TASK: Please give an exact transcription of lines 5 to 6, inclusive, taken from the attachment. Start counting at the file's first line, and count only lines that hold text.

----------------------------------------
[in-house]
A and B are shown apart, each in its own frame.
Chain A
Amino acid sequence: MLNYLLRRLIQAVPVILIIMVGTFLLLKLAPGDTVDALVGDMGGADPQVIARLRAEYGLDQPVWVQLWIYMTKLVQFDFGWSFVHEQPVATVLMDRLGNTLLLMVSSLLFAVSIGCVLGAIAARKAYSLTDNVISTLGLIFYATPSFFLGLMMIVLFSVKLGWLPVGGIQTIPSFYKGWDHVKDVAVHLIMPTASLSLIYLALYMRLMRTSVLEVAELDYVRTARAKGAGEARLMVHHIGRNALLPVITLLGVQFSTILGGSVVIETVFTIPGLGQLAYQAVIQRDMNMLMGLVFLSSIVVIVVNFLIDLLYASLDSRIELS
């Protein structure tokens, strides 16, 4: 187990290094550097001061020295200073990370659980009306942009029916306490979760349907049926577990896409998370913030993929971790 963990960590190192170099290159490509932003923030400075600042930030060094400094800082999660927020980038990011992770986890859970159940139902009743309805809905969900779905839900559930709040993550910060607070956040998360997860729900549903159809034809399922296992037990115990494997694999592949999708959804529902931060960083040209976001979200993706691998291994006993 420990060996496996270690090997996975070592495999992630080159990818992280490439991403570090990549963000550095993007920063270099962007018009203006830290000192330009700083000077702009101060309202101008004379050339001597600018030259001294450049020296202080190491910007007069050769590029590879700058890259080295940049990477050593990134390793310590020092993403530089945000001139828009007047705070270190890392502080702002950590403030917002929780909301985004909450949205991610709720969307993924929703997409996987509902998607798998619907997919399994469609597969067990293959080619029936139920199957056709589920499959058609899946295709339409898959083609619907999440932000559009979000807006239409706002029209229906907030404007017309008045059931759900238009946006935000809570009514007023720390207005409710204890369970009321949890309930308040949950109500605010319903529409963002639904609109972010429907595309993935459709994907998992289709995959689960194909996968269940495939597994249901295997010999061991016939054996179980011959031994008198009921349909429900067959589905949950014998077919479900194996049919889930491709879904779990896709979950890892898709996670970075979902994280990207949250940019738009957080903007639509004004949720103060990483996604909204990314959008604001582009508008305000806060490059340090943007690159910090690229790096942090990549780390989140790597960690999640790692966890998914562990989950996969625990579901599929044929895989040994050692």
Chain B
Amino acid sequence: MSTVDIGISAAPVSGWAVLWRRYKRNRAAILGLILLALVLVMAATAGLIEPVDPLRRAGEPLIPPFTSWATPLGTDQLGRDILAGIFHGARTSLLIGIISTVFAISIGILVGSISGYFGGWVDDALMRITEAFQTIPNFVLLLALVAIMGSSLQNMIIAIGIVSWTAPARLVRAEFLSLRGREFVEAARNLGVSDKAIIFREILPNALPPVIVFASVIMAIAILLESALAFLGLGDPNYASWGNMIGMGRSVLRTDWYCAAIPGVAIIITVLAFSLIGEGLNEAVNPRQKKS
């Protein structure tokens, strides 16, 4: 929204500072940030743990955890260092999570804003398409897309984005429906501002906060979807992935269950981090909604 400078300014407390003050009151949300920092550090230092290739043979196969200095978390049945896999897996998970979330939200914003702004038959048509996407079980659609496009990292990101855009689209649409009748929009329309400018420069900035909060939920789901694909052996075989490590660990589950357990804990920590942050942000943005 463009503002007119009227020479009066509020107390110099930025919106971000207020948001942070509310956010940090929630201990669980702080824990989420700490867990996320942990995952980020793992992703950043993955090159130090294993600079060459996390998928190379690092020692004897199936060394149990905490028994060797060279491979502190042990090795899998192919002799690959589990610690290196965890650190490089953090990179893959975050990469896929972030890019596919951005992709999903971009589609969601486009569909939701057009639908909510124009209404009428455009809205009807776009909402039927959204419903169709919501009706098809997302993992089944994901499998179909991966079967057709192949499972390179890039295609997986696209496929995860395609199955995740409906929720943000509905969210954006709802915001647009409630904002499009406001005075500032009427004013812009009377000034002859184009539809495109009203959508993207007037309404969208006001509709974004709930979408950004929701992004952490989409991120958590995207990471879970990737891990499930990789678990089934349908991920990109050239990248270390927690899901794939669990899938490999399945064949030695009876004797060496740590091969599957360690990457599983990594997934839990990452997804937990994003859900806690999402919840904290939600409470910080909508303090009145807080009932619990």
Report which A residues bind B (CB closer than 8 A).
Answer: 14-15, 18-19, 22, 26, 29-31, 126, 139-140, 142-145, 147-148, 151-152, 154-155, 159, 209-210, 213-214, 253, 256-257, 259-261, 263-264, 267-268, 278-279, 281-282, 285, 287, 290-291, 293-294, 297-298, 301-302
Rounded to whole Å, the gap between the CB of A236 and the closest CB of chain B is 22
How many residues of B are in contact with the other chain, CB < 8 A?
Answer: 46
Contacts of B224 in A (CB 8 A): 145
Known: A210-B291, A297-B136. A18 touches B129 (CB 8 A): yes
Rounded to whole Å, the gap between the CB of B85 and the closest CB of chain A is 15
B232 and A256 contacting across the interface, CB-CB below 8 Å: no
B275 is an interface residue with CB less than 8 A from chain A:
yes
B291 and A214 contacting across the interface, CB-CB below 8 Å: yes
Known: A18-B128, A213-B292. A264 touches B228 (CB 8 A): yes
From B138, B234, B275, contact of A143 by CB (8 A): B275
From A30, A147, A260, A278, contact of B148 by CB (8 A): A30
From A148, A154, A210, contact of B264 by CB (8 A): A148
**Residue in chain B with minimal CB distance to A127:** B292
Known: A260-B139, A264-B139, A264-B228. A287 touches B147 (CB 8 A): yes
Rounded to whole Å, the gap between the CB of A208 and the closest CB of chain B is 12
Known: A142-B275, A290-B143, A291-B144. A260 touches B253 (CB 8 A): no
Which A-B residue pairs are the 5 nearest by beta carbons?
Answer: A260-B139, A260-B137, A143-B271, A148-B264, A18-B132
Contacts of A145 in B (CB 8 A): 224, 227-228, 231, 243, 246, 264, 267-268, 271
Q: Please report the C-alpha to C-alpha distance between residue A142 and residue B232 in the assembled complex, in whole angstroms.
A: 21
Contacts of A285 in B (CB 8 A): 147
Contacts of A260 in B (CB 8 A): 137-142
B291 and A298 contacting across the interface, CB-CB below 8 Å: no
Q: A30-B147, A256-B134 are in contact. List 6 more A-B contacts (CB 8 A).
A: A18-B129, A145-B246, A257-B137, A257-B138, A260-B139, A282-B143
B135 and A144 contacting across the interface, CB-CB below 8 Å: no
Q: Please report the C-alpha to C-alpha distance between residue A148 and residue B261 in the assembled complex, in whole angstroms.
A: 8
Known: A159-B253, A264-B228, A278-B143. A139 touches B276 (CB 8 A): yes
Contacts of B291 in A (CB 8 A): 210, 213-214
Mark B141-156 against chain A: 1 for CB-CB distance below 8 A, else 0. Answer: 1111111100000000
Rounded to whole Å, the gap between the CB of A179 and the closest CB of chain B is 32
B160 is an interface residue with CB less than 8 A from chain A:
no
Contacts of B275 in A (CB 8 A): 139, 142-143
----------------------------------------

């Protein structure tokens, strides 16, 4: 187990290094550097001061020295200073990370659980009306942009029916306490979760349907049926577990896409998370913030993929971790 963990960590190192170099290159490509932003923030400075600042930030060094400094800082999660927020980038990011992770986890859970159940139902009743309805809905969900779905839900559930709040993550910060607070956040998360997860729900549903159809034809399922296992037990115990494997694999592949999708959804529902931060960083040209976001979200993706691998291994006993 420990060996496996270690090997996975070592495999992630080159990818992280490439991403570090990549963000550095993007920063270099962007018009203006830290000192330009700083000077702009101060309202101008004379050339001597600018030259001294450049020296202080190491910007007069050769590029590879700058890259080295940049990477050593990134390793310590020092993403530089945000001139828009007047705070270190890392502080702002950590403030917002929780909301985004909450949205991610709720969307993924929703997409996987509902998607798998619907997919399994469609597969067990293959080619029936139920199957056709589920499959058609899946295709339409898959083609619907999440932000559009979000807006239409706002029209229906907030404007017309008045059931759900238009946006935000809570009514007023720390207005409710204890369970009321949890309930308040949950109500605010319903529409963002639904609109972010429907595309993935459709994907998992289709995959689960194909996968269940495939597994249901295997010999061991016939054996179980011959031994008198009921349909429900067959589905949950014998077919479900194996049919889930491709879904779990896709979950890892898709996670970075979902994280990207949250940019738009957080903007639509004004949720103060990483996604909204990314959008604001582009508008305000806060490059340090943007690159910090690229790096942090990549780390989140790597960690999640790692966890998914562990989950996969625990579901599929044929895989040994050692």
Chain B